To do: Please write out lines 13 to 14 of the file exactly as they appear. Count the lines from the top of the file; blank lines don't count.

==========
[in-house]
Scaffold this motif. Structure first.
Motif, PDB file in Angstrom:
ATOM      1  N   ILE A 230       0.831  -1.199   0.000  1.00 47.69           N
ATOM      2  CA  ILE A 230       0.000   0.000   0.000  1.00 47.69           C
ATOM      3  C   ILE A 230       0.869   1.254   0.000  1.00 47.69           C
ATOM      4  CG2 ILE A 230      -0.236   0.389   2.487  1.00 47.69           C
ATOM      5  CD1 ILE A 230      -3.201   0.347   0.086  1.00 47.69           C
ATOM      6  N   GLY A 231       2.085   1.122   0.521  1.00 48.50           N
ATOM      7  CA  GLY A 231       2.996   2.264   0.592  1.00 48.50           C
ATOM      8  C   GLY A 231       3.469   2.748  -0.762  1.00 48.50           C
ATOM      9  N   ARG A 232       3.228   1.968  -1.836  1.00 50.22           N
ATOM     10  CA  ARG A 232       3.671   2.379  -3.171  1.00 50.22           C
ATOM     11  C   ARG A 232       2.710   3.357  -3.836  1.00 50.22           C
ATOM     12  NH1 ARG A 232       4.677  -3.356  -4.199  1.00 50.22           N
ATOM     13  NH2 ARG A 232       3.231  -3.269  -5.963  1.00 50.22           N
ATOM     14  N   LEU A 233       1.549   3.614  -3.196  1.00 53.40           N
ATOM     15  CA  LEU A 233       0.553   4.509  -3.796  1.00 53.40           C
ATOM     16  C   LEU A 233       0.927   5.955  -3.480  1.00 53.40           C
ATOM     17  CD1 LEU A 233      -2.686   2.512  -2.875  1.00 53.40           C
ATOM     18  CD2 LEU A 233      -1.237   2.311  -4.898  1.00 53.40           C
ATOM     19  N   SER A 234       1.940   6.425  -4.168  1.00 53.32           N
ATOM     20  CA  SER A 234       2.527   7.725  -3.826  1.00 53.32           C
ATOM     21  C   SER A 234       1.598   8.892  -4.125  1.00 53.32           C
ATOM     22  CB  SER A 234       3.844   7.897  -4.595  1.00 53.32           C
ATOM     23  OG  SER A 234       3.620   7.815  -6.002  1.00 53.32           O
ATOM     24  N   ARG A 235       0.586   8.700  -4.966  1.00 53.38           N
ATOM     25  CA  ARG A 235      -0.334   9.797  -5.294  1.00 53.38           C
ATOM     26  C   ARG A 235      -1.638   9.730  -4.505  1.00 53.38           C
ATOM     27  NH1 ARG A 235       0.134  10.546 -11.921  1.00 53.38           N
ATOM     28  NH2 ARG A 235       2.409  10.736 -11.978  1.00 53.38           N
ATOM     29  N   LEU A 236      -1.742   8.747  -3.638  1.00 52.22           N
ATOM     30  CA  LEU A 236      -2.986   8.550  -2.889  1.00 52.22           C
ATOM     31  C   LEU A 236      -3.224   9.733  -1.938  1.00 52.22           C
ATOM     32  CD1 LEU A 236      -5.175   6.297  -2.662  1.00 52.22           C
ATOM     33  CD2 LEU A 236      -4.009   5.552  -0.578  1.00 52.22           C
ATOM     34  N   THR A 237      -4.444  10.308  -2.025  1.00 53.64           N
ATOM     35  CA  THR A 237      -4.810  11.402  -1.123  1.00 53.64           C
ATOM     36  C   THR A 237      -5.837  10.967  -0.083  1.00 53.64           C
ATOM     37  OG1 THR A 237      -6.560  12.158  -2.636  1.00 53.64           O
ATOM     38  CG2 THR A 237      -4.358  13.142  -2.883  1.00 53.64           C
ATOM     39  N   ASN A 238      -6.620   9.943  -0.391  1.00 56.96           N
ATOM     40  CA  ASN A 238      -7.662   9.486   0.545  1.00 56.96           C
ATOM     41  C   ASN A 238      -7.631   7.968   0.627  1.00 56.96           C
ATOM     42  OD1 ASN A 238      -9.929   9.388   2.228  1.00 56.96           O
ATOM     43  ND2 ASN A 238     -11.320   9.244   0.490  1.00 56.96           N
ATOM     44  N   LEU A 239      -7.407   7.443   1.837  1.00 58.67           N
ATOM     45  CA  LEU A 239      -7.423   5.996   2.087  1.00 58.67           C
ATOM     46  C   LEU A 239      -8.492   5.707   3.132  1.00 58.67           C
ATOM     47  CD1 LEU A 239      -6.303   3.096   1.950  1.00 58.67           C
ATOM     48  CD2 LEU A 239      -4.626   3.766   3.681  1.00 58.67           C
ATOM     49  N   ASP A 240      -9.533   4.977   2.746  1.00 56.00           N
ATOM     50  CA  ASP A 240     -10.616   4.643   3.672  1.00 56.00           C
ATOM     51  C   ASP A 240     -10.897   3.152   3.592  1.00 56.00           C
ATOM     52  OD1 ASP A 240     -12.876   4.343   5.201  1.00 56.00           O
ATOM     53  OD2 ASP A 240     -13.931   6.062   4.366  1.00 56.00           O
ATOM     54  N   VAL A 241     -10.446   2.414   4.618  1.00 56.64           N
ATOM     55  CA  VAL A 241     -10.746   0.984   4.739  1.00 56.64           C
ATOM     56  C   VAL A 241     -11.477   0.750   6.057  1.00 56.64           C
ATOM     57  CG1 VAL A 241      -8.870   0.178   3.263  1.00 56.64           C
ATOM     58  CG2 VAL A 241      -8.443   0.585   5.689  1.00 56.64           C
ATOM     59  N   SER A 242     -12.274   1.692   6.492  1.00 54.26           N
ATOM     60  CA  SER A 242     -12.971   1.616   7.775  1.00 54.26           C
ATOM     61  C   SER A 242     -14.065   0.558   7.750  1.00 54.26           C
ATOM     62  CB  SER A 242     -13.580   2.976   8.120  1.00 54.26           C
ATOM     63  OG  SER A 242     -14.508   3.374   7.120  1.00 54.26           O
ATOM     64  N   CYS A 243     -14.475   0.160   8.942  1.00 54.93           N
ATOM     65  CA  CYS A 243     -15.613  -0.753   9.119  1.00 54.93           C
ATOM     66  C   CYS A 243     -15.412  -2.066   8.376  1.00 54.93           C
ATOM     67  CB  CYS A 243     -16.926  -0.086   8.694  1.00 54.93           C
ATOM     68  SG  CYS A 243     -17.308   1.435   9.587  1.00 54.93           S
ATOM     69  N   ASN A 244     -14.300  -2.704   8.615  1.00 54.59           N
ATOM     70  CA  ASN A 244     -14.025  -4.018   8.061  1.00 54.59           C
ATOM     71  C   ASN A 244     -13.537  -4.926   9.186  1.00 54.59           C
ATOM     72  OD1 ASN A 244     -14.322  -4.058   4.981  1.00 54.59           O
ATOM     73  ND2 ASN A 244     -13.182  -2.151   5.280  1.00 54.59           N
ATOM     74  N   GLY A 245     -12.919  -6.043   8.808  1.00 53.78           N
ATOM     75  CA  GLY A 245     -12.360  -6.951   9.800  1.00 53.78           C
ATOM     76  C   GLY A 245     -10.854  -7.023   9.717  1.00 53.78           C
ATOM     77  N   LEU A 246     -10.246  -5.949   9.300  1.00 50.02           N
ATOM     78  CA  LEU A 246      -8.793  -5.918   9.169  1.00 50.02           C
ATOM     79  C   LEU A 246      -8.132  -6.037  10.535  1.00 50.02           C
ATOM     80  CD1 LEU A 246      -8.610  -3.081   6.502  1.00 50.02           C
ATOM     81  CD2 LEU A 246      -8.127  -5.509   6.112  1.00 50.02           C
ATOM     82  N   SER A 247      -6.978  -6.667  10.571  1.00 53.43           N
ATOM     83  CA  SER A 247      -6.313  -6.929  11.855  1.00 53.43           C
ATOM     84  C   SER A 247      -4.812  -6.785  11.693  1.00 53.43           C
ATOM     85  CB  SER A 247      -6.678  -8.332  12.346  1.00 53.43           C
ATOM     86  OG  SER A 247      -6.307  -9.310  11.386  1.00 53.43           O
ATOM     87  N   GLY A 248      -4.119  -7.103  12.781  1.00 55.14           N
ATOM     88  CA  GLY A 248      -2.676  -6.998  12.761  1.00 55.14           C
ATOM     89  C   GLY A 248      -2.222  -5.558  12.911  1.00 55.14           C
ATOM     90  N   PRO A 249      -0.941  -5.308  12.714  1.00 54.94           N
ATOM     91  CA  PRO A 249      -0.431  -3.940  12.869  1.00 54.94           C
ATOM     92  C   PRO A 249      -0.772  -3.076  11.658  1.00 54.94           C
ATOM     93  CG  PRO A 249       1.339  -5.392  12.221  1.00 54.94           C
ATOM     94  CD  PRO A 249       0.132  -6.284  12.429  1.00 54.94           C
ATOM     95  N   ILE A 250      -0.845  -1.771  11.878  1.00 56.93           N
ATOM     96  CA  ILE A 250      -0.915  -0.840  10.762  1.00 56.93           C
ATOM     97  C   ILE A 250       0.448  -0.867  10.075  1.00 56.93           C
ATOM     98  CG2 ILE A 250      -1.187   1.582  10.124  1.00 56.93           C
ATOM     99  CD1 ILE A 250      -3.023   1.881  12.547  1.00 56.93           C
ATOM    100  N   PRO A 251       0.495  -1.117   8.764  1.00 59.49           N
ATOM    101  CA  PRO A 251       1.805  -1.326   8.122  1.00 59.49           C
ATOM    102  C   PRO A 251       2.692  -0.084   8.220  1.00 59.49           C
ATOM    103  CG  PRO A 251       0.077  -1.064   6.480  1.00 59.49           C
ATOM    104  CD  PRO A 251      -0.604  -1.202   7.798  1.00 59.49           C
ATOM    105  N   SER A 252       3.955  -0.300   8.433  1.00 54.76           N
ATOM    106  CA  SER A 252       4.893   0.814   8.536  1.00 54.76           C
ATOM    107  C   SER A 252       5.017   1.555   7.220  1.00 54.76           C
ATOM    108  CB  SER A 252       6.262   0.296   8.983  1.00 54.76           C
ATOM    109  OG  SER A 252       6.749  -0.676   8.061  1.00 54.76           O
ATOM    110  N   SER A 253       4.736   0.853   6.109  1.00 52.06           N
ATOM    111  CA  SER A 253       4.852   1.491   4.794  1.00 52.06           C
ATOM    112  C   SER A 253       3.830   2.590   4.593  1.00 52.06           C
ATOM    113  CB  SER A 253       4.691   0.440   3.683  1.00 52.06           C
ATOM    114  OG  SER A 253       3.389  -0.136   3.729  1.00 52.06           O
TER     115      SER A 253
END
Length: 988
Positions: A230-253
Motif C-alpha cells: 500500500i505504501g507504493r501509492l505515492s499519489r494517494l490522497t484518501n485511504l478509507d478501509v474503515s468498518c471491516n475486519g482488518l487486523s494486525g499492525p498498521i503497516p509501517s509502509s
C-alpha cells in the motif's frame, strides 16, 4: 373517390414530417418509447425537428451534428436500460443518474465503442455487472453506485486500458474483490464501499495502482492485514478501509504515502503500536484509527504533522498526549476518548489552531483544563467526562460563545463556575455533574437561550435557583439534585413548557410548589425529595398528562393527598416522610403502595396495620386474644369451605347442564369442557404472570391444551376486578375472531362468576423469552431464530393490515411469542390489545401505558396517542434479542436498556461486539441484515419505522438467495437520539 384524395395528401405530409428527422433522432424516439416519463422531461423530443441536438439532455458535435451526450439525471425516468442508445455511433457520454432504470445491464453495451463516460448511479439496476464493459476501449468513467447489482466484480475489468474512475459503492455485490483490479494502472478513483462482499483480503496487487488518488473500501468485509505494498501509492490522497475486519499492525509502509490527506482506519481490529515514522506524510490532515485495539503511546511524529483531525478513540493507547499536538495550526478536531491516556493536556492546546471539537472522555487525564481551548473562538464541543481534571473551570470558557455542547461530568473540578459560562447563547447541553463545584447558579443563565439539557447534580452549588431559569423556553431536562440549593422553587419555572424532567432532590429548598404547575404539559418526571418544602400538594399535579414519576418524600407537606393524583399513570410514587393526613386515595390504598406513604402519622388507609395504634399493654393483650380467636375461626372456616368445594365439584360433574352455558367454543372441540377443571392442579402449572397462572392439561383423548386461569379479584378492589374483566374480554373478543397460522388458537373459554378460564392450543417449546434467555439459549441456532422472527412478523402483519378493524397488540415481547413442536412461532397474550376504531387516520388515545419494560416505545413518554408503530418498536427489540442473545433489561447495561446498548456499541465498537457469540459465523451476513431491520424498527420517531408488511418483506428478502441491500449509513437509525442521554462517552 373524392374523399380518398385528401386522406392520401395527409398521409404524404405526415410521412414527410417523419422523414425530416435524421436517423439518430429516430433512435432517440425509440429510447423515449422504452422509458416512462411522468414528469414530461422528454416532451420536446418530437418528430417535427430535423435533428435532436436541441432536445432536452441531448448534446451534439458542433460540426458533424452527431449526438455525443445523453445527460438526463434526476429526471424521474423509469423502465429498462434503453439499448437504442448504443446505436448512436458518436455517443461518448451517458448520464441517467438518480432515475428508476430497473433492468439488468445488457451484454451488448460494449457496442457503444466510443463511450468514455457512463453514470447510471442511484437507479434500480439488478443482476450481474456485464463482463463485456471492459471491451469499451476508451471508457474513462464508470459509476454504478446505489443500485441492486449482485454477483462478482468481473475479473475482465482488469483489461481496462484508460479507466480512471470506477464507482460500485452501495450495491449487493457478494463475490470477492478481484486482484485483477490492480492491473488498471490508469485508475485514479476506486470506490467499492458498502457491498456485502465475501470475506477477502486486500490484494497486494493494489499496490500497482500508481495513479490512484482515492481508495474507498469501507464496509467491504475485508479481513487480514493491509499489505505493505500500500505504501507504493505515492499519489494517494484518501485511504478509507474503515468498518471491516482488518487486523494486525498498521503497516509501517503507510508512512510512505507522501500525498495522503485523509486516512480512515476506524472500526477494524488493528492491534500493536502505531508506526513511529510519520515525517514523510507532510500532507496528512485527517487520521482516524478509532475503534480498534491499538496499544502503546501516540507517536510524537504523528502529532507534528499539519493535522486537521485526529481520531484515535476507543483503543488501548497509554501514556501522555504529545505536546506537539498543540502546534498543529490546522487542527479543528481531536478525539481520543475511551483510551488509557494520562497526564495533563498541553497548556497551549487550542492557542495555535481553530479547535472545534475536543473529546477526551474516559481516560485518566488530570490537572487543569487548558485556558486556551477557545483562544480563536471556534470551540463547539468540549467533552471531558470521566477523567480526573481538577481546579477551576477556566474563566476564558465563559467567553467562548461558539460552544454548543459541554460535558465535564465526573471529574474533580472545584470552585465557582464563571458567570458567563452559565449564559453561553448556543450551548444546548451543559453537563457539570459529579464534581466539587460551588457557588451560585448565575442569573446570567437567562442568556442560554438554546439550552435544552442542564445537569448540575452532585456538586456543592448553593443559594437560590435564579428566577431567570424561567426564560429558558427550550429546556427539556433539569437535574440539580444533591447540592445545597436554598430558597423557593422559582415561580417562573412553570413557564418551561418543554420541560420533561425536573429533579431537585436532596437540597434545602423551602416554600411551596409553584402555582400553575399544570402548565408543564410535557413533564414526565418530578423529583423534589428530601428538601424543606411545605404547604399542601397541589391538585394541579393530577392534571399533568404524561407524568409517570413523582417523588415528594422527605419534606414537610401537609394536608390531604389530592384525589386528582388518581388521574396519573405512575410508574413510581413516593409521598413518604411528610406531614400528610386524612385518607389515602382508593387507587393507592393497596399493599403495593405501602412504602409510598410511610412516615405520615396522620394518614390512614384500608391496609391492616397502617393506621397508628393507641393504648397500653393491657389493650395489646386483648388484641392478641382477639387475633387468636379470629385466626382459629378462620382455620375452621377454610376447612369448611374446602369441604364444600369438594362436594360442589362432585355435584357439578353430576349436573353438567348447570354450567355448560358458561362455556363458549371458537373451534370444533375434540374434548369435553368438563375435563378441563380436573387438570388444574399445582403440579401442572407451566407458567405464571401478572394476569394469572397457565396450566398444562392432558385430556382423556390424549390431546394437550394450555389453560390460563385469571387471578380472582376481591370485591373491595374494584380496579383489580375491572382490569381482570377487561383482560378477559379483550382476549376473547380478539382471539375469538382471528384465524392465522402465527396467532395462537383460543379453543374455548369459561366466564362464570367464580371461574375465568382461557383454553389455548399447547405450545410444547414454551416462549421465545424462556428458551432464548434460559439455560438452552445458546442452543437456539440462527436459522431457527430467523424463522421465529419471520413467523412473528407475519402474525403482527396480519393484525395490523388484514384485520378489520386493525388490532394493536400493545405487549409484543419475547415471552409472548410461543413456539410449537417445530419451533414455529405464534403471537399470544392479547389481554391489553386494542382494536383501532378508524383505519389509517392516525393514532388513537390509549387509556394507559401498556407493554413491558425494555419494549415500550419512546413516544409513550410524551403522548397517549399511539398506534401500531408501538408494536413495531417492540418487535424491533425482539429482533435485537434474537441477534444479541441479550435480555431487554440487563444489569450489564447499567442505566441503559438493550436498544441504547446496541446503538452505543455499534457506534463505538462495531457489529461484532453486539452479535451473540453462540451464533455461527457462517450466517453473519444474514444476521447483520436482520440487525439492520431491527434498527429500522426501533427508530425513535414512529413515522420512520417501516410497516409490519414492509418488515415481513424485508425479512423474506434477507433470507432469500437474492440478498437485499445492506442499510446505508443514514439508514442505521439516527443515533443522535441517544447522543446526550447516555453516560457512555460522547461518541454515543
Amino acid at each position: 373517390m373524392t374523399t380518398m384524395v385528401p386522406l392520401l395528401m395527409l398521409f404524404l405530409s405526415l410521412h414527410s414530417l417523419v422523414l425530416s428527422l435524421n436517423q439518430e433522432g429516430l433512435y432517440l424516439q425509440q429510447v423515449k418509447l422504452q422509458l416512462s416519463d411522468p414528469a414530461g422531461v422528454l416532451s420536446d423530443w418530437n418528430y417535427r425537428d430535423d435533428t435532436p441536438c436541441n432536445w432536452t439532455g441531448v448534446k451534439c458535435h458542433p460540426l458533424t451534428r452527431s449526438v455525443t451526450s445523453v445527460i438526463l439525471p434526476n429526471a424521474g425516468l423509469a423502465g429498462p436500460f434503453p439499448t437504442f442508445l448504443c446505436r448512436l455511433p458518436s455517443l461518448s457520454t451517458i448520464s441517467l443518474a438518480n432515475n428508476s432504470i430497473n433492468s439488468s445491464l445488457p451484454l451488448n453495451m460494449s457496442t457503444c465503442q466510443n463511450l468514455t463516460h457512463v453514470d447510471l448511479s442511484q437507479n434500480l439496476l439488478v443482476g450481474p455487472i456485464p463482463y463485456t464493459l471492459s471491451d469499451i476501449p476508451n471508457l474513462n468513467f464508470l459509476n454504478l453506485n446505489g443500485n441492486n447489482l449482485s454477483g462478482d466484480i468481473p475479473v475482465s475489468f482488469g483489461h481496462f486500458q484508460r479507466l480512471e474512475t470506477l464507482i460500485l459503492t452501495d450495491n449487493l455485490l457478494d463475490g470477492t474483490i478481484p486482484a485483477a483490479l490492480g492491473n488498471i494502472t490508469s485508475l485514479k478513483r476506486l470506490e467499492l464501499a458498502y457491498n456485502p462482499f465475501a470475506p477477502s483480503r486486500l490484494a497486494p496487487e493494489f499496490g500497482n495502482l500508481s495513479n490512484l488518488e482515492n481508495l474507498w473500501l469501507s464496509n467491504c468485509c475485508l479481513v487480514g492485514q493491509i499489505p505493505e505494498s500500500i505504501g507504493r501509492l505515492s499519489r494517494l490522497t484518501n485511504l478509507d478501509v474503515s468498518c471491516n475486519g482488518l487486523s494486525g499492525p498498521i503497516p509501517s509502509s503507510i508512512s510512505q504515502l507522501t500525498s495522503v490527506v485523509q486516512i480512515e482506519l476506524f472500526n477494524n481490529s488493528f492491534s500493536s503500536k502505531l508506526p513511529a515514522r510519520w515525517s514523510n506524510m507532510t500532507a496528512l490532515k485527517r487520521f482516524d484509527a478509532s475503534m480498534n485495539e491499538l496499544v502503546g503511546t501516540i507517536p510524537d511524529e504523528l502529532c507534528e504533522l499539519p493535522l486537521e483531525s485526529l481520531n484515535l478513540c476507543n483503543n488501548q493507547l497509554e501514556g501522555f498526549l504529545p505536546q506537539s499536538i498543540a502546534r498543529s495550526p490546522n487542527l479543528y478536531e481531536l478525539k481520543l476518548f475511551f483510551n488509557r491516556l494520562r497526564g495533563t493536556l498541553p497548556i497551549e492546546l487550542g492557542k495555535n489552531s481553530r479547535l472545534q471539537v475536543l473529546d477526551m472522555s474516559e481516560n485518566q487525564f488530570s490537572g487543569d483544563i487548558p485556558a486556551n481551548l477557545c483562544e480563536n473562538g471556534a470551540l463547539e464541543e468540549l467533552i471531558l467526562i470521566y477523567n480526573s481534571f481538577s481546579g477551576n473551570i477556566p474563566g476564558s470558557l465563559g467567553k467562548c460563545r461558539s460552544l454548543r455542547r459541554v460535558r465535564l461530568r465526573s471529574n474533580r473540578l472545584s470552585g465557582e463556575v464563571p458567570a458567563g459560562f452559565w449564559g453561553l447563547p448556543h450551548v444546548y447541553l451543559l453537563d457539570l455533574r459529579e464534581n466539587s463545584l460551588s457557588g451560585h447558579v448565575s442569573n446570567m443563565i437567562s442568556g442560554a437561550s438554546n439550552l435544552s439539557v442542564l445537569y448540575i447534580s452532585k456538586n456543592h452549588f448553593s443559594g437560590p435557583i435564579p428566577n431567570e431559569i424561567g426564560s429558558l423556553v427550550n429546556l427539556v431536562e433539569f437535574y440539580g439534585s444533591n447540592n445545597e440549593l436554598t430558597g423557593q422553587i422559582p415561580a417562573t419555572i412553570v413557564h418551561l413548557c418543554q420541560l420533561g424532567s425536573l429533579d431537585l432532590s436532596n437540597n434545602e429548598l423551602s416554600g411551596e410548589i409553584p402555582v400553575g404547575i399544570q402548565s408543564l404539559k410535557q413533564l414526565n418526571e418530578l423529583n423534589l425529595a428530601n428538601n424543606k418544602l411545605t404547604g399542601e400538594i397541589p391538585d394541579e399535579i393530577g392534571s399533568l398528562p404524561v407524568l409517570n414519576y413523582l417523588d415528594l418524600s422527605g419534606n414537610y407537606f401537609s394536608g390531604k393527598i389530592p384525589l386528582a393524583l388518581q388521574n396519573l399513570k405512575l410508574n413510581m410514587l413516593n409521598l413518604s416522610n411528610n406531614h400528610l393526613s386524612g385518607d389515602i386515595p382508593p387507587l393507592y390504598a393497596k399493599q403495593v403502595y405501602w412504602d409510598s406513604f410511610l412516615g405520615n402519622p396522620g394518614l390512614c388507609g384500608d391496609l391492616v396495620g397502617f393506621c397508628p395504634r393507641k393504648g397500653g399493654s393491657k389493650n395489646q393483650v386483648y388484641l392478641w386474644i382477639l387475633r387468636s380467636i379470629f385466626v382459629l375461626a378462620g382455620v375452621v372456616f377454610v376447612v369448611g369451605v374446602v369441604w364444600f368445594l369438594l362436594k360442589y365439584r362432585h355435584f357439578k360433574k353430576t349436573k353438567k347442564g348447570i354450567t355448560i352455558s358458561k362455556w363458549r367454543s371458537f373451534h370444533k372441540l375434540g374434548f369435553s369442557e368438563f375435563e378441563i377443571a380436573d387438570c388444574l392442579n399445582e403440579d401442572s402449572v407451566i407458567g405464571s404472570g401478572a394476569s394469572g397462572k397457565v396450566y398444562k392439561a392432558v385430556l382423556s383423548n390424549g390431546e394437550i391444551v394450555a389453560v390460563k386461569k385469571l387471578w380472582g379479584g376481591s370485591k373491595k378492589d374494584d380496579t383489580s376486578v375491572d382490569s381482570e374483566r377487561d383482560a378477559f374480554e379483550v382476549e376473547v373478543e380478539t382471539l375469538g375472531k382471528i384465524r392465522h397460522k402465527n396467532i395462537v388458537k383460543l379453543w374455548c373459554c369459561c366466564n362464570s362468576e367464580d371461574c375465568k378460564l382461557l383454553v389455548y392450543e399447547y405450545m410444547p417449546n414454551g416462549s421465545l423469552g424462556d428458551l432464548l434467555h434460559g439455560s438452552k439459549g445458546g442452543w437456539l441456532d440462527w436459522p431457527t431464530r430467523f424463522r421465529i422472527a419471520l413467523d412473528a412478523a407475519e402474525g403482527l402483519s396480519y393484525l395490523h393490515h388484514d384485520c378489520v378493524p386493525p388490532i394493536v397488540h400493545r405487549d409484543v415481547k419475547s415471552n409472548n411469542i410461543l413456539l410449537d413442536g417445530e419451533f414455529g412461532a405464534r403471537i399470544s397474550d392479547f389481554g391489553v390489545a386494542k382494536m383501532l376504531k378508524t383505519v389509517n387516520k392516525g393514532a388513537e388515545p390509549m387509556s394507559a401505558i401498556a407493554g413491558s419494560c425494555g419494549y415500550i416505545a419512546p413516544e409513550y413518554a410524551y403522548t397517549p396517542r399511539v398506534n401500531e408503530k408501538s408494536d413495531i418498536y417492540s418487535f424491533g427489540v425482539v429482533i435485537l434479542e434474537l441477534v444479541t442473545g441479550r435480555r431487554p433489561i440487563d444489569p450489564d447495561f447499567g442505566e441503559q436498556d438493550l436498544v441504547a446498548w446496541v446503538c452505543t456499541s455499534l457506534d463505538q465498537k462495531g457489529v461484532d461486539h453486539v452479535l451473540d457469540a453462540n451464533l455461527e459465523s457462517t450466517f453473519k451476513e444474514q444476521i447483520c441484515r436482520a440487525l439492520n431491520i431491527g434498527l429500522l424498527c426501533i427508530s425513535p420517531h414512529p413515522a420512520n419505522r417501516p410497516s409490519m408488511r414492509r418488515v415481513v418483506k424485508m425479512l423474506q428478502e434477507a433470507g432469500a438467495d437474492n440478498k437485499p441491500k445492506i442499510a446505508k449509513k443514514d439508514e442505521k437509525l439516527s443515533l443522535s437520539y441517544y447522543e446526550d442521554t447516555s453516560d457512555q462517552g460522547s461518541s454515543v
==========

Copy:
ATOM     10  CA  ARG A 232       3.671   2.379  -3.171  1.00 50.22           C
ATOM     11  C   ARG A 232       2.710   3.357  -3.836  1.00 50.22           C